Belfast Telegraph

Odds against Uefa's small nations: O'Neill

 

By Steven Beacom

Michael O'Neill has claimed that the World Cup qualification system is unfair on European teams and believes that smaller countries in the continent such as Northern Ireland face a 'huge' challenge to make the finals.

O'Neill believes it is easier for nations from other Fifa confederations to qualify and points to the CONCACAF region as an example. The Northern Ireland boss would like Fifa to assess the situation for future tournaments.

Currently, including hosts Russia, 14 sides from Europe (Uefa region) will take part in next year's World Cup. The top teams in the nine groups qualify automatically with the best eight runners-up competing in play-offs.

With World champions Germany expected to top the Group C table, Northern Ireland's route would be through the play-offs.

Five nations from CAF (African region) will go to the finals, there will be four or five from AFC (Asian region), three or four from the CONCACAF region (North and Central America and the Caribbean), four or five from CONMEBOL (South America) and zero or one from OCF (Oceania region).

A country from AFC will meet a CONCACAF nation and a team from CONMEBOL play one from OCF in play-offs next month to determine the exact numbers.

O'Neill believes the system is lopsided against Europe, which has greater strength in depth.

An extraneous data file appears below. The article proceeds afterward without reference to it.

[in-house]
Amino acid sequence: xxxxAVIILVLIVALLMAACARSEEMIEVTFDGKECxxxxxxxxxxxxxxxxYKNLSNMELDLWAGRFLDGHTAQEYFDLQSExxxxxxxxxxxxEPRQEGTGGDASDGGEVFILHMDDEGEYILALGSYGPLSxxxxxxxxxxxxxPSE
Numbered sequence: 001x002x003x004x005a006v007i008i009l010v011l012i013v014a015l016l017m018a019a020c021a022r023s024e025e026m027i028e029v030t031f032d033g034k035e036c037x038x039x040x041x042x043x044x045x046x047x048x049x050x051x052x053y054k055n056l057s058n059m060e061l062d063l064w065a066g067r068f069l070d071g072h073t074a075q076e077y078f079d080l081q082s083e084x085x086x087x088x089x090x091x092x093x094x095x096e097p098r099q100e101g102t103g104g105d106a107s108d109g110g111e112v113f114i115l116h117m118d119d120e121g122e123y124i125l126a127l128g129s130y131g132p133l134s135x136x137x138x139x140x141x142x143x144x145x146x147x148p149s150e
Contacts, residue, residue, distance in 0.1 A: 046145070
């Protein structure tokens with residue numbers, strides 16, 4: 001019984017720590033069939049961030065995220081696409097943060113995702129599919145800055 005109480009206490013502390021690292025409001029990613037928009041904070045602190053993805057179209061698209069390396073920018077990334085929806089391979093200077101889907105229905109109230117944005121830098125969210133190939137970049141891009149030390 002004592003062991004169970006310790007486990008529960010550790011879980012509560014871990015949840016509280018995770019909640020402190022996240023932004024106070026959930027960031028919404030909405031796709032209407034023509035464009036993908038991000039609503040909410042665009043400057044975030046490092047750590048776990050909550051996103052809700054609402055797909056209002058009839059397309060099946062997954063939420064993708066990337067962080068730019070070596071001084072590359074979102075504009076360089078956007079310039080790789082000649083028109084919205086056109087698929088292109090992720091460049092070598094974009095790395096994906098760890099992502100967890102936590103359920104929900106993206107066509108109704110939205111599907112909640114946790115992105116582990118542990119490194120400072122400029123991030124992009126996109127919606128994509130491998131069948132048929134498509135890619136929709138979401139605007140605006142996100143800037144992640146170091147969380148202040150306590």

He said: "Northern Ireland went into the World Cup in 1982 and 1986 by finishing second in their groups. In 1982 we were second in a group of four. We are now second in a group of six and could face a play-off against a top European nation.

"It's slightly unfair in Europe. Look at CONCACAF, the team that finishes third in Mexico and America's group automatically goes to the finals and the team that finishes fourth gets a play-off.

"The challenge for the smaller European nations to get there (to the World Cup finals) is huge.

"We've had a magnificent campaign, have 19 points from eight games and seven clean sheets and have only been defeated by Germany. There is nothing more we could have had and we have more football to play."

That starts with a mouthwatering clash at home to Germany on Thursday before the qualifiers end with a game in Norway on Sunday.

Windsor Park will be packed for the visit of Joachim Low's superstars and there is hope mixed in with some belief among the Green and White Army that O'Neill's men could deliver a spectacular result against the Germans.

O'Neill welcomes expectation but wants fans to be realistic too.

"Expectations are a good thing but must be tinged with realism as well," he stated. "There's not 25 players on my list who are playing in the Premier League or even the Championship. This team has punched above its weight and hopefully will continue to do so.

"Everyone should be proud of this group of players. We should enjoy it but not burden them."

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